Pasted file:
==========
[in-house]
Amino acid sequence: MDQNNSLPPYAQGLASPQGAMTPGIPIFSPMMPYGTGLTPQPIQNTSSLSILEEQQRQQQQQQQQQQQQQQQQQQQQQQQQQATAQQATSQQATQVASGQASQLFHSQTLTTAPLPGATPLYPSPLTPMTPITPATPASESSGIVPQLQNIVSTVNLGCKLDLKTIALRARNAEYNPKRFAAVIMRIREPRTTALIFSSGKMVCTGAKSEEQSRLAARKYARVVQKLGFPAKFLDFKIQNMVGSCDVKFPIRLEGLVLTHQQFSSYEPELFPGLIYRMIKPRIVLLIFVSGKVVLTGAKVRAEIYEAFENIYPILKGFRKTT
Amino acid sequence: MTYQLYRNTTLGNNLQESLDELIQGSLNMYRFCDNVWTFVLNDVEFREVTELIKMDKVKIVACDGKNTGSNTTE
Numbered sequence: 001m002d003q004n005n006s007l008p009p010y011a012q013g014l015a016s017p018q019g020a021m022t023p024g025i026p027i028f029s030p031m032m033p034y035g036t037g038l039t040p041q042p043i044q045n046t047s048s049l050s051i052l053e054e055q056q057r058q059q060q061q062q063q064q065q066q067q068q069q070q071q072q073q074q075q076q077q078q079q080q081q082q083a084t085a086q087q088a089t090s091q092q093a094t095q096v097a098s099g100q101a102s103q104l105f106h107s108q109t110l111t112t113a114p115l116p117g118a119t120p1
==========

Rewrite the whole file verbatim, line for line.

[in-house]
Amino acid sequence: MDQNNSLPPYAQGLASPQGAMTPGIPIFSPMMPYGTGLTPQPIQNTSSLSILEEQQRQQQQQQQQQQQQQQQQQQQQQQQQQATAQQATSQQATQVASGQASQLFHSQTLTTAPLPGATPLYPSPLTPMTPITPATPASESSGIVPQLQNIVSTVNLGCKLDLKTIALRARNAEYNPKRFAAVIMRIREPRTTALIFSSGKMVCTGAKSEEQSRLAARKYARVVQKLGFPAKFLDFKIQNMVGSCDVKFPIRLEGLVLTHQQFSSYEPELFPGLIYRMIKPRIVLLIFVSGKVVLTGAKVRAEIYEAFENIYPILKGFRKTT
Amino acid sequence: MTYQLYRNTTLGNNLQESLDELIQGSLNMYRFCDNVWTFVLNDVEFREVTELIKMDKVKIVACDGKNTGSNTTE
Numbered sequence: 001m002d003q004n005n006s007l008p009p010y011a012q013g014l015a016s017p018q019g020a021m022t023p024g025i026p027i028f029s030p031m032m033p034y035g036t037g038l039t040p041q042p043i044q045n046t047s048s049l050s051i052l053e054e055q056q057r058q059q060q061q062q063q064q065q066q067q068q069q070q071q072q073q074q075q076q077q078q079q080q081q082q083a084t085a086q087q088a089t090s091q092q093a094t095q096v097a098s099g100q101a102s103q104l105f106h107s108q109t110l111t112t113a114p115l116p117g118a119t120p1